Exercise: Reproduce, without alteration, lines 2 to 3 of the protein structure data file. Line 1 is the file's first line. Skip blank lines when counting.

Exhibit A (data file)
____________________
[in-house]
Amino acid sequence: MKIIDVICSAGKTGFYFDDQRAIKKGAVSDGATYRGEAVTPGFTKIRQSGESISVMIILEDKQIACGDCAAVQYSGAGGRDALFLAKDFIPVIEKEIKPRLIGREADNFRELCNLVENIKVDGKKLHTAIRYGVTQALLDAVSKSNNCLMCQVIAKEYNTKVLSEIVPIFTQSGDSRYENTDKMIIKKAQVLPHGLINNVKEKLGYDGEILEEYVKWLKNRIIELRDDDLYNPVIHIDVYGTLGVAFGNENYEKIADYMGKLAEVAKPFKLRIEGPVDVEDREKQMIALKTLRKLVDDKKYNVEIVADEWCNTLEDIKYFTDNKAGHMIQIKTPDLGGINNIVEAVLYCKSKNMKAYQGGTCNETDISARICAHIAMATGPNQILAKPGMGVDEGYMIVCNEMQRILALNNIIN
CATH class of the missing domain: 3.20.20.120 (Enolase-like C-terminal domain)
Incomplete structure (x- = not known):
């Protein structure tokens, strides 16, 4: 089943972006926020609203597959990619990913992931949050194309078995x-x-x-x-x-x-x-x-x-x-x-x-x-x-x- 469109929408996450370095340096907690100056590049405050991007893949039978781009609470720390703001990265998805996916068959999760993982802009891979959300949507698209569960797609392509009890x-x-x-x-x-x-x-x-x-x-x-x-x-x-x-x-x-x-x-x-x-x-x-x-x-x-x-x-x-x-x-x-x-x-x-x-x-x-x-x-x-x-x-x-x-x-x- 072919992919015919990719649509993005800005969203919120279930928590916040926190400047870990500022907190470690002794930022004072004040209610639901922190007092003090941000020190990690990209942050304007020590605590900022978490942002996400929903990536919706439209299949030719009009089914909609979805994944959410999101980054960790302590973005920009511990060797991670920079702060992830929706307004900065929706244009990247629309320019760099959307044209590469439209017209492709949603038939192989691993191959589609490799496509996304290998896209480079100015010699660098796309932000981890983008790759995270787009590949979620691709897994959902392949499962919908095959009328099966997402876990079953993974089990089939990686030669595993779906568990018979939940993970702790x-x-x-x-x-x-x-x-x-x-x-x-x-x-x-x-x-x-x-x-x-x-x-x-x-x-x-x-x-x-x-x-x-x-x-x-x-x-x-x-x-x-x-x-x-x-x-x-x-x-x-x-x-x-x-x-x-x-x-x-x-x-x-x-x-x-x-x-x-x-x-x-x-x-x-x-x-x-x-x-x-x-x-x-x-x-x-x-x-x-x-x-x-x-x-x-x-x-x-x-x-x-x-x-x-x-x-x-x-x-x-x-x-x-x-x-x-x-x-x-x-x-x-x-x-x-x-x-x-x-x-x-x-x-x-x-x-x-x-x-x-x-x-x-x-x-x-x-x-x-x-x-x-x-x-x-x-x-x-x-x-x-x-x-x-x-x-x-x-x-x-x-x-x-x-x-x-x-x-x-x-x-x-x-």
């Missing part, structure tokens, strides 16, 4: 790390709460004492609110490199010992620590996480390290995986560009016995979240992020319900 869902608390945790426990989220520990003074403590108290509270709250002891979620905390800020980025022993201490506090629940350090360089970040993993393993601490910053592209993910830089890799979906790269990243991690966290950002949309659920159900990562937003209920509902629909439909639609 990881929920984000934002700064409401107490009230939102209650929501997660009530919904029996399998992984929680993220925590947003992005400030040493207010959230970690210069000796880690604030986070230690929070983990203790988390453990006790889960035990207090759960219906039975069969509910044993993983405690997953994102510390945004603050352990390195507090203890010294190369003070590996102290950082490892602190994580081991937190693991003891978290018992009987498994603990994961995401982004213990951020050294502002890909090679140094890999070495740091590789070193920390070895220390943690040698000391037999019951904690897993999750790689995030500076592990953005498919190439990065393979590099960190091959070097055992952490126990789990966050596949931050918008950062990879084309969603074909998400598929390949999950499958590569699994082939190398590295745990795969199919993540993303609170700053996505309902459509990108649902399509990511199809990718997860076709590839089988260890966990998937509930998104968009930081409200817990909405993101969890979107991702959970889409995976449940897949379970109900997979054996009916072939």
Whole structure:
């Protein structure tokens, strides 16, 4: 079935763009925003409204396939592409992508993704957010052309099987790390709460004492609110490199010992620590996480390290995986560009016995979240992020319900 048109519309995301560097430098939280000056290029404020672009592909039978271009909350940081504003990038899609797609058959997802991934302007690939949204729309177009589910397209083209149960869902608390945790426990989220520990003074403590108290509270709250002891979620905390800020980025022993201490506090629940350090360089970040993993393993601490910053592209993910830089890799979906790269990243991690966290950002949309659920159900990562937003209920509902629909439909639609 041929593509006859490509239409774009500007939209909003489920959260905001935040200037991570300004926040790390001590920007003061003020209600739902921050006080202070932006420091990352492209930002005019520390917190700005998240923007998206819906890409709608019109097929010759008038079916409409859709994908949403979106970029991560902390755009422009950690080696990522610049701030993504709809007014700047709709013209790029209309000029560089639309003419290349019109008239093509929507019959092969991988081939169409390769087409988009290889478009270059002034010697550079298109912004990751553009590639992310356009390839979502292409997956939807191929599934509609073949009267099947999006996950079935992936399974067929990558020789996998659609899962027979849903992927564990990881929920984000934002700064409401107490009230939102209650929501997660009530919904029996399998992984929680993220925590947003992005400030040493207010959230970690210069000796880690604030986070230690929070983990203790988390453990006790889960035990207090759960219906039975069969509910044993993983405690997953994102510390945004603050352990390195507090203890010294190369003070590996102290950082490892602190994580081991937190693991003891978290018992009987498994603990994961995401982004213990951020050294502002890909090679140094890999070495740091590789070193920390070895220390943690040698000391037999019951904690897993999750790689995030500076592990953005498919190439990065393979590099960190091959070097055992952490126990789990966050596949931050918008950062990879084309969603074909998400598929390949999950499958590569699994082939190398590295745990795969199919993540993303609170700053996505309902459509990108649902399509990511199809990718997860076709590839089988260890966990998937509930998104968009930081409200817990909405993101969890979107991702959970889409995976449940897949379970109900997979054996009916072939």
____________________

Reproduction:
Amino acid sequence: MKIIDVICSAGKTGFYFDDQRAIKKGAVSDGATYRGEAVTPGFTKIRQSGESISVMIILEDKQIACGDCAAVQYSGAGGRDALFLAKDFIPVIEKEIKPRLIGREADNFRELCNLVENIKVDGKKLHTAIRYGVTQALLDAVSKSNNCLMCQVIAKEYNTKVLSEIVPIFTQSGDSRYENTDKMIIKKAQVLPHGLINNVKEKLGYDGEILEEYVKWLKNRIIELRDDDLYNPVIHIDVYGTLGVAFGNENYEKIADYMGKLAEVAKPFKLRIEGPVDVEDREKQMIALKTLRKLVDDKKYNVEIVADEWCNTLEDIKYFTDNKAGHMIQIKTPDLGGINNIVEAVLYCKSKNMKAYQGGTCNETDISARICAHIAMATGPNQILAKPGMGVDEGYMIVCNEMQRILALNNIIN
CATH class of the missing domain: 3.20.20.120 (Enolase-like C-terminal domain)